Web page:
Barrie Chase entered movies professionally in the second half of the 1950s, and was the last performer to achieve stardom as a dancer for the next two decades -- until Debbie Allen came along. The daughter of screenwriter and novelist Borden Chase, Barrie was born in 1934 in New York, before her father had made his move to Hollywood (and, in fact, before he was Borden Chase). Her mother was the pianist Lee Keith. Raised in California after her father entered the movie business, she attended the Westlake School and thought there was little special about working in movies. Her main interest from the age of three was dancing and athletics, including swimming, and while still a student at a local ballet school (and barely into her teens), she was picked out of a group of girls to appear in a dance sequence in the MGM Technicolor swashbuckler Scaramouche (1952). The experience left her unimpressed and she ultimately settled on dancing as a career, but her shy nature prevented Chase from pursuing it too diligently. She turned up in the Goldwyn production of Hans Christian Andersen (1952) and the dream sequence in Daddy Long Legs (1955), where she first worked (albeit very briefly) with Fred Astaire.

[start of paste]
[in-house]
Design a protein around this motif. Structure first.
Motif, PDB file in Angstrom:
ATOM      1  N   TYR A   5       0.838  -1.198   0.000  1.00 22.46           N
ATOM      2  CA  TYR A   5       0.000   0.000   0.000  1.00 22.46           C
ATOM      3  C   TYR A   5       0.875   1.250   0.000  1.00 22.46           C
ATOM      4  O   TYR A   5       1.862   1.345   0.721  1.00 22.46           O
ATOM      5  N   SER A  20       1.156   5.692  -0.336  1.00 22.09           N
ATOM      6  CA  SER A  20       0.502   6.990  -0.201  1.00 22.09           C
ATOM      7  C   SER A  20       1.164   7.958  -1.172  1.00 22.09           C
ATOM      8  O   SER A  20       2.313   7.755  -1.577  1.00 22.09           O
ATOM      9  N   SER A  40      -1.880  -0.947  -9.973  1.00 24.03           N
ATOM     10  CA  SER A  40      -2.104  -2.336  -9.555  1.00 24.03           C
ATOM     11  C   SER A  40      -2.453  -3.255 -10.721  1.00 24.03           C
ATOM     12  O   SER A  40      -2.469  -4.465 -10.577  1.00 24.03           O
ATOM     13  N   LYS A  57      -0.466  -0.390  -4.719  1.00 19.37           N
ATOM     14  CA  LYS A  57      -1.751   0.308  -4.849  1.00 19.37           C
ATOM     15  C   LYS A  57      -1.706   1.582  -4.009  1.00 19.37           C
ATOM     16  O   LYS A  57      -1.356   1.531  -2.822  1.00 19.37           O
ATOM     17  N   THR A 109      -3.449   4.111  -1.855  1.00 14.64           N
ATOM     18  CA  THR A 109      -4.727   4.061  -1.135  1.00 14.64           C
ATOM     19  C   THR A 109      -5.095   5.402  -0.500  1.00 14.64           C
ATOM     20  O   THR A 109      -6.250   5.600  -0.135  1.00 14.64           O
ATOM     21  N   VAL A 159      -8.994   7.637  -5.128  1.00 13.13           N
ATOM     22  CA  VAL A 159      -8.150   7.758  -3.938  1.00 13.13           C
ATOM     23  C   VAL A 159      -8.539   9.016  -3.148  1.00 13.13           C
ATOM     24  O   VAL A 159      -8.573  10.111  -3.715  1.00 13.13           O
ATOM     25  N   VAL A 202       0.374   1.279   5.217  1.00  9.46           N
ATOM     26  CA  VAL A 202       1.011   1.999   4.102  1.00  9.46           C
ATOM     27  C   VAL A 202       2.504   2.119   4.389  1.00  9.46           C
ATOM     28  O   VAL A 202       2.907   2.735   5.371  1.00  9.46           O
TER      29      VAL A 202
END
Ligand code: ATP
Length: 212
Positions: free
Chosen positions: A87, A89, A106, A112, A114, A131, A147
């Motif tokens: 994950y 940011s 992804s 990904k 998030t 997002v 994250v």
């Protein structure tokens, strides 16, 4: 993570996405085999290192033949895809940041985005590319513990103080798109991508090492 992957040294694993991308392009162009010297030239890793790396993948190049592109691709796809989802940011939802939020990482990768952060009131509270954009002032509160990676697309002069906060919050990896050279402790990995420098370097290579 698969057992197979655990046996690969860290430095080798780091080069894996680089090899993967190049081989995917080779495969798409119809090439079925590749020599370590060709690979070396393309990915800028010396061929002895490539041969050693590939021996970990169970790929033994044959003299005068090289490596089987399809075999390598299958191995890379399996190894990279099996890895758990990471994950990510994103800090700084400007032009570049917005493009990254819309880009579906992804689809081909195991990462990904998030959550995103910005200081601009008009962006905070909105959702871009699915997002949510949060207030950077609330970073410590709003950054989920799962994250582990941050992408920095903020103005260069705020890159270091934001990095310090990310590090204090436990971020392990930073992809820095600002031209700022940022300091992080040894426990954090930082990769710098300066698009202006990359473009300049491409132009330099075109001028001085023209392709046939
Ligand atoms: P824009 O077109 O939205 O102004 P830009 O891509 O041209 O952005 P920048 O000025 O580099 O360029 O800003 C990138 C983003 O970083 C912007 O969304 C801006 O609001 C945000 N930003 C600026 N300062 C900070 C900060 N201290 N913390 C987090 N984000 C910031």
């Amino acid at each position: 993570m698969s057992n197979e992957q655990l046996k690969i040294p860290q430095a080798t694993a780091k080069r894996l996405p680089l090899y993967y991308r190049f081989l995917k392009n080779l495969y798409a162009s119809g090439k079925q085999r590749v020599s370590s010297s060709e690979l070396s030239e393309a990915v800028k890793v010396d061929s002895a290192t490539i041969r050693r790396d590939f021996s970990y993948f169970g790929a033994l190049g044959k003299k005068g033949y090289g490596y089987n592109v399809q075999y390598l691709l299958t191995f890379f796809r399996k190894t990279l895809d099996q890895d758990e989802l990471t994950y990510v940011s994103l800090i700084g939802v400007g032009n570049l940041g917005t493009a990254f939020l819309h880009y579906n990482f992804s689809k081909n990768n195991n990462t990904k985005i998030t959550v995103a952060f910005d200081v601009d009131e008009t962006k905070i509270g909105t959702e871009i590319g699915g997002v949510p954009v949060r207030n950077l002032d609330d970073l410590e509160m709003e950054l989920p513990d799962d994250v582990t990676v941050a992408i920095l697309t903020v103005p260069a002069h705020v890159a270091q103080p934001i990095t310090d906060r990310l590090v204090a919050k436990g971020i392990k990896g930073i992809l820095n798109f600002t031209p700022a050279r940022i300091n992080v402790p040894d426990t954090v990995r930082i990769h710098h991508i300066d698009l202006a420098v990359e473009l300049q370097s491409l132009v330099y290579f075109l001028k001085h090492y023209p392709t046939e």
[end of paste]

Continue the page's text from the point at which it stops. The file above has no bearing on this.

It was director/producer Dick Powell who first took note of Chase and pulled her out of the chorus in The Conqueror and gave her a small role in You Can't Run Away From It (both 1956), his musical remake of It Happened One Night. She was then back in the chorus for the Fred Astaire/Cyd Charisse vehicle Silk Stockings when choreographer Jack Cole came to her and said that Astaire wanted to meet with her. The veteran actor/dancer/singer was preparing his first network television special, An Evening With Fred Astaire. The performing legend was so pleased with the results that he invited Chase to work with him on his next special; in effect, she became Astaire's last dancing partner in a series of broadcasts that were seen by tens of millions. She did a stage act in Las Vegas that was choreographed by no less a figure than Hermes Pan, and 20th Century Fox used her in a short sequence in Mardi Gras (1958) with Pat Boone. After that, she was offered a seven-year contract, which Chase accepted, and she next worked in Can-Can (1960).